A tunnelling router is a router that accepts traffic for a
network, then encapsulates it either in IP or some other protocol,
and sends it to another tunnelling router that de-encapsulates it
and injects it onto the network as if it got there normally. Part
of the encapsulation can consist of cryptography or whatever you
like. The advantages of tunnelling is that you can put a tunnel
on the *inside* of your firewall, and (depending on how your firewall
is set up) you can make remote networks you trust look like they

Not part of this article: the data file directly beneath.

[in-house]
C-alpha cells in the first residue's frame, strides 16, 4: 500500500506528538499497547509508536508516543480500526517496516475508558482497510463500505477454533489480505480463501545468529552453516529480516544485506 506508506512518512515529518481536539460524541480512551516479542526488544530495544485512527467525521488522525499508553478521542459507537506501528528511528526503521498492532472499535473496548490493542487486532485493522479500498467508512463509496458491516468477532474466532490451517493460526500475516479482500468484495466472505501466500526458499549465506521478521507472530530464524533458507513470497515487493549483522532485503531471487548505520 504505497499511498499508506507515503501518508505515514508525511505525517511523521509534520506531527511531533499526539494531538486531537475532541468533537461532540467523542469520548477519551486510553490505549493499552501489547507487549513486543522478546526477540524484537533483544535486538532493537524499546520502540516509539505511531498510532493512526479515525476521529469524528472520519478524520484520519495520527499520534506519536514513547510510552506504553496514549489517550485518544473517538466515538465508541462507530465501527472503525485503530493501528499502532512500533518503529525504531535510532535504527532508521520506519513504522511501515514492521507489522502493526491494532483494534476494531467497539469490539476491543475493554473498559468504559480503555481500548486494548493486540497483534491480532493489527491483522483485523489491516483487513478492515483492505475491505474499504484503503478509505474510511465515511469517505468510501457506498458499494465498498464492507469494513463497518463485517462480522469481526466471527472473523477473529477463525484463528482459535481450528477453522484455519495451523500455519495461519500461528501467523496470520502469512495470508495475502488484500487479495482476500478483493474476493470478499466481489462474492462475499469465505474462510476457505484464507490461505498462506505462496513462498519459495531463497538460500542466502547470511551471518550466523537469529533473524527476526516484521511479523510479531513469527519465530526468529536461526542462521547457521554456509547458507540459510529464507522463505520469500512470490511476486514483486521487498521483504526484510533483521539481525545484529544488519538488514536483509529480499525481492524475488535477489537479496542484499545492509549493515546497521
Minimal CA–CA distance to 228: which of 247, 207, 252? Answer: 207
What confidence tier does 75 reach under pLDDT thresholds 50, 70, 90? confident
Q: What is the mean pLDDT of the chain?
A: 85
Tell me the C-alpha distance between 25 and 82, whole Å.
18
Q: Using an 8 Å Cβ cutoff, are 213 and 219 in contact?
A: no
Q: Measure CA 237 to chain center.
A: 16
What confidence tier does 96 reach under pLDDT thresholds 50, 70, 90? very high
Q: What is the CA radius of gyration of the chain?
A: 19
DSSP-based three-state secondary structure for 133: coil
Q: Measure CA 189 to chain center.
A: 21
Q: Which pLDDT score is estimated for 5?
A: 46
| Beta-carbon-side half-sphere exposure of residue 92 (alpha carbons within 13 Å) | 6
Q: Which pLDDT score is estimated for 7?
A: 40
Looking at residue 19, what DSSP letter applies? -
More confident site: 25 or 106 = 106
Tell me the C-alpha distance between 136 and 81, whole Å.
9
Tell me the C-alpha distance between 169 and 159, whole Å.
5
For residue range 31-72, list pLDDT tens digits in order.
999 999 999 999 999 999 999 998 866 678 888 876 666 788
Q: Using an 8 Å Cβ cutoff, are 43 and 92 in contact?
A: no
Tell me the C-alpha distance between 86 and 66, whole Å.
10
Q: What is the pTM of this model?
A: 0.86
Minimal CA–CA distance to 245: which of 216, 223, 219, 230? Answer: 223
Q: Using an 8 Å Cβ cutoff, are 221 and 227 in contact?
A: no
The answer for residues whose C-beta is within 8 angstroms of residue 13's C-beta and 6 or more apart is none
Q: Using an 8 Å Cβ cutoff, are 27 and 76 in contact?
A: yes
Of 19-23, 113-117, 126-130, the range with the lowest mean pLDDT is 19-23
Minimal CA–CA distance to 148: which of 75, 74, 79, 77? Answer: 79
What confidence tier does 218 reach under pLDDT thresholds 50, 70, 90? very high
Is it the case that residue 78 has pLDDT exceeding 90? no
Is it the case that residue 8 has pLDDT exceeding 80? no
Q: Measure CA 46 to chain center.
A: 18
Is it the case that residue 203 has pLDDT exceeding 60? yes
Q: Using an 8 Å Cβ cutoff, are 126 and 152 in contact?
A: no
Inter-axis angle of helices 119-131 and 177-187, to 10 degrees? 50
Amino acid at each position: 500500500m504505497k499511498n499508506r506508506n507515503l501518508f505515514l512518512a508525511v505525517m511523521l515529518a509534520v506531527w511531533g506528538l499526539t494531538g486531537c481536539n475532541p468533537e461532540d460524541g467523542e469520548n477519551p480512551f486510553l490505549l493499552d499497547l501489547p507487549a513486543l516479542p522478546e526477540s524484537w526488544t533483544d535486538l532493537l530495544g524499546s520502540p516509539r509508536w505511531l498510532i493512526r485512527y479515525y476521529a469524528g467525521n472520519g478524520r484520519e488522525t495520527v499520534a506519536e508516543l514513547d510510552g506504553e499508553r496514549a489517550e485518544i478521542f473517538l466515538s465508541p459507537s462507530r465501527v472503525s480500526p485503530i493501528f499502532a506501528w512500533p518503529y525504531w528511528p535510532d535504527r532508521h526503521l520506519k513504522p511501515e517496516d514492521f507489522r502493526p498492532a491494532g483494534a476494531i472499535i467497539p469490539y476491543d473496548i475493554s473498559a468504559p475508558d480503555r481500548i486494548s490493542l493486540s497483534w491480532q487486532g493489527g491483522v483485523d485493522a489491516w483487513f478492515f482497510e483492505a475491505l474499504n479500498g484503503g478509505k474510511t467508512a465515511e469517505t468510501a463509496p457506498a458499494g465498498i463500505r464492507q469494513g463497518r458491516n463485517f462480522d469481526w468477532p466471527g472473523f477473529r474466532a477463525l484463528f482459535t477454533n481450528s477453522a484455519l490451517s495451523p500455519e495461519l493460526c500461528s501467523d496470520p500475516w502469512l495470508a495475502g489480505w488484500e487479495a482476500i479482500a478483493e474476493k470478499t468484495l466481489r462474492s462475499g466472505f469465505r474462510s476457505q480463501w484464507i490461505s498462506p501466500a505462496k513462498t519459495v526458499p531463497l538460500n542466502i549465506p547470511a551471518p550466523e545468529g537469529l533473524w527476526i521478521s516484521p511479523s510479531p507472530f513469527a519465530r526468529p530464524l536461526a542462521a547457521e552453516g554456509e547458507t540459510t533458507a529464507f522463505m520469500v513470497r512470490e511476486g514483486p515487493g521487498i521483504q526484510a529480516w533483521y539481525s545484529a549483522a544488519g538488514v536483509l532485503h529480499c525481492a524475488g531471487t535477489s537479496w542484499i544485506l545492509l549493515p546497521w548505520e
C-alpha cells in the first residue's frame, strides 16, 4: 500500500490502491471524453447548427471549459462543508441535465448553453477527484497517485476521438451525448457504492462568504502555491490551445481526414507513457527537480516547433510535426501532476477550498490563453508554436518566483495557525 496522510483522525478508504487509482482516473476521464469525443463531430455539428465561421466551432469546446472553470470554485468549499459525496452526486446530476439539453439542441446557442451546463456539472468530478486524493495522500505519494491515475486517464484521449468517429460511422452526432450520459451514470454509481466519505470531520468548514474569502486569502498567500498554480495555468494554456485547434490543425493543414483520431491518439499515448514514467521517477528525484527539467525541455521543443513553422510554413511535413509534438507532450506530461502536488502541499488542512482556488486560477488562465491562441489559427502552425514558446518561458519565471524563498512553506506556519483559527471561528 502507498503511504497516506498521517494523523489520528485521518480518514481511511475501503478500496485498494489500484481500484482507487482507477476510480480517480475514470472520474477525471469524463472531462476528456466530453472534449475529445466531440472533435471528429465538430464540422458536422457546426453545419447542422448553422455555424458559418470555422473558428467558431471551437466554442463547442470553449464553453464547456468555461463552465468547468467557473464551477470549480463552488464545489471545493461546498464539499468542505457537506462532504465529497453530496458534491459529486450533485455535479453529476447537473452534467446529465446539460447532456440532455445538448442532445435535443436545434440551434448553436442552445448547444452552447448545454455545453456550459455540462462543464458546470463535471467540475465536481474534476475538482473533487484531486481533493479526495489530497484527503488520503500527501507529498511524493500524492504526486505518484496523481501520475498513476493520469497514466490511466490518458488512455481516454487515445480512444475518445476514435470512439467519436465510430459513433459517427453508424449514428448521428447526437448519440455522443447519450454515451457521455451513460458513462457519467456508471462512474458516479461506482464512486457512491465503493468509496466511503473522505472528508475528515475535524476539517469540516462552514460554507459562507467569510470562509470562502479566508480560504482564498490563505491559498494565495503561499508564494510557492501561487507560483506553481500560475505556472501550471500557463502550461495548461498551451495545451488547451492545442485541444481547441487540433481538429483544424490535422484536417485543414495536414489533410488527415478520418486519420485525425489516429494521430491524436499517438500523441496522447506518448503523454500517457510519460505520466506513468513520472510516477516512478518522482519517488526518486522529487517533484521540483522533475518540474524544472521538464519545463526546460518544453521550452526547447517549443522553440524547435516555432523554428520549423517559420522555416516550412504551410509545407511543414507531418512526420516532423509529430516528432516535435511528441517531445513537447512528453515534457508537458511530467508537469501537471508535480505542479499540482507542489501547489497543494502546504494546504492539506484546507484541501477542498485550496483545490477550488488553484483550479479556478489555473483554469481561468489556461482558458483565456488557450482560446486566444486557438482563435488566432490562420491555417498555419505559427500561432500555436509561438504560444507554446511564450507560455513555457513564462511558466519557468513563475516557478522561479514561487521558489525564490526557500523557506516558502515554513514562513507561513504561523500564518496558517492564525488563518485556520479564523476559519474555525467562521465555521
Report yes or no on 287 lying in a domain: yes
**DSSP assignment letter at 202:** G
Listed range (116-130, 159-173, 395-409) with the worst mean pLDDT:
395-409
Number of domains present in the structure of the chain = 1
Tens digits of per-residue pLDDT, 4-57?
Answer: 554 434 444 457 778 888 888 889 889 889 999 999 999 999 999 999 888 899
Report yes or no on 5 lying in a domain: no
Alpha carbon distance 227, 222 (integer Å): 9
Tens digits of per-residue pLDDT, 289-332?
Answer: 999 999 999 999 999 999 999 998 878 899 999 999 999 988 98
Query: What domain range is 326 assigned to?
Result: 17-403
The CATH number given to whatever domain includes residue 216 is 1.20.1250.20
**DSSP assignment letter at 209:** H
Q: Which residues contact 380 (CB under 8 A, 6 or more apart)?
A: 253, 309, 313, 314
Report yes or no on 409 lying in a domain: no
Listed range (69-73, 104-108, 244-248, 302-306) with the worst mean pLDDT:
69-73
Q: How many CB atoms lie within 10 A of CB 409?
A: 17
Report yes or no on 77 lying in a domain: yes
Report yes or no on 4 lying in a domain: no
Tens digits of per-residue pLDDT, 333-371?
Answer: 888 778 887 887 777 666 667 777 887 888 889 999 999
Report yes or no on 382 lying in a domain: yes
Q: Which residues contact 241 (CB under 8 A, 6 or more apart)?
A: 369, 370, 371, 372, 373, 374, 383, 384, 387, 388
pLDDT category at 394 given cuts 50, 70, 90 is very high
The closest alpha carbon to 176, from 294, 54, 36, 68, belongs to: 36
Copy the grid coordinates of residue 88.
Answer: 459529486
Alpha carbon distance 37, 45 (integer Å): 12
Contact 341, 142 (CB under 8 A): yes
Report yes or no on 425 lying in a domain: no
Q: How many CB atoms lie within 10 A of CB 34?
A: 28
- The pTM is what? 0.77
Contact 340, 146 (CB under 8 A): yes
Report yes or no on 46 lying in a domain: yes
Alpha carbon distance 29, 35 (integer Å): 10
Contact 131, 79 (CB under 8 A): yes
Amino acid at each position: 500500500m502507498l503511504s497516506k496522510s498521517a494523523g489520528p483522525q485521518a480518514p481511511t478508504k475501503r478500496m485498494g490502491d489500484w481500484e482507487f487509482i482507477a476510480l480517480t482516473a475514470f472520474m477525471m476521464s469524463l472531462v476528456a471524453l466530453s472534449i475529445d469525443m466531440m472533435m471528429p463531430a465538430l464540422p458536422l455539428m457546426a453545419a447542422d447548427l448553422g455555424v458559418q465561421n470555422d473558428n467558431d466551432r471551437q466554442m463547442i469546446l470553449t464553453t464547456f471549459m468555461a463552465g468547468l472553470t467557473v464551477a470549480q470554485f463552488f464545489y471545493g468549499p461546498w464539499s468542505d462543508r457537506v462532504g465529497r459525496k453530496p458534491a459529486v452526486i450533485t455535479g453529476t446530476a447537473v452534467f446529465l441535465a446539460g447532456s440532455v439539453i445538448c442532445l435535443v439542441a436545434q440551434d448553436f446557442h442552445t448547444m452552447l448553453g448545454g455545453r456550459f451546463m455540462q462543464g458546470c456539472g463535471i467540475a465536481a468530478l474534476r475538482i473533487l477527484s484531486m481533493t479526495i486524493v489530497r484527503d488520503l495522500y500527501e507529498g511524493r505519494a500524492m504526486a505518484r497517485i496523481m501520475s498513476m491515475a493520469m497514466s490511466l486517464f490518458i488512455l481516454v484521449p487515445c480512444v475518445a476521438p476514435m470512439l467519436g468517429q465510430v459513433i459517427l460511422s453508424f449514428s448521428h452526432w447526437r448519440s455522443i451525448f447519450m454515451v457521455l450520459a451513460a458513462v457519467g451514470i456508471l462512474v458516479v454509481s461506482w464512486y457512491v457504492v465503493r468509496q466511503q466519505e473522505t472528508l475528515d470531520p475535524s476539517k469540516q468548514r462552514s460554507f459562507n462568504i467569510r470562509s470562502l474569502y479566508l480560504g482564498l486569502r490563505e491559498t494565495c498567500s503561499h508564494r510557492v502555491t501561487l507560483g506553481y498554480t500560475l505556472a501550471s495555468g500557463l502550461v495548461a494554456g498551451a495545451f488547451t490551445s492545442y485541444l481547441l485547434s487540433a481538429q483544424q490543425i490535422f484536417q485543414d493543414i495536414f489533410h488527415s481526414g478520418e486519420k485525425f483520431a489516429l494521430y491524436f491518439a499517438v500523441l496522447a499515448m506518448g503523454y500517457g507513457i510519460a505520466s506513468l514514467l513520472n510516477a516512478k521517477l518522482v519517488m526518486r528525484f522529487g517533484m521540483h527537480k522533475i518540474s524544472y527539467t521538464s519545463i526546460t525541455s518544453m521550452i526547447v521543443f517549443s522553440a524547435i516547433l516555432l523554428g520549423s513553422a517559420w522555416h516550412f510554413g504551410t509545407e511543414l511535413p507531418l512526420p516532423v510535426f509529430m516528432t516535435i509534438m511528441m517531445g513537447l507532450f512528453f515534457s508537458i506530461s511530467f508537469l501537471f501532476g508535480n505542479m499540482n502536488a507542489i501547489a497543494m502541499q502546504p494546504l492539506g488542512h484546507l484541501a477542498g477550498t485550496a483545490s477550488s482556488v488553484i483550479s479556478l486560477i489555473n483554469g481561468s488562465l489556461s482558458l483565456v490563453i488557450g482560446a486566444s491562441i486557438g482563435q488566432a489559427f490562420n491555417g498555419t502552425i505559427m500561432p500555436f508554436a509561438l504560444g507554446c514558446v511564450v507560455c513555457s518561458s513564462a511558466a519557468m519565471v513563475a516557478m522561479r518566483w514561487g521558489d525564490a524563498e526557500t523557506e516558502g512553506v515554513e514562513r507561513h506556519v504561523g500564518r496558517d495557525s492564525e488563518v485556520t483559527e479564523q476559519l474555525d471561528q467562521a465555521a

are local with a one-hop route.
Of course, that's also the *disadvantage* of tunnelling -- anyone who
can set up any sort of circuit between an internal and an external
point can open up IP access to the internal net.
I discussed some of this, albeit without using the word ``tunnel'', in a
Usenix paper a few years ago. Anyone interested can snarf it from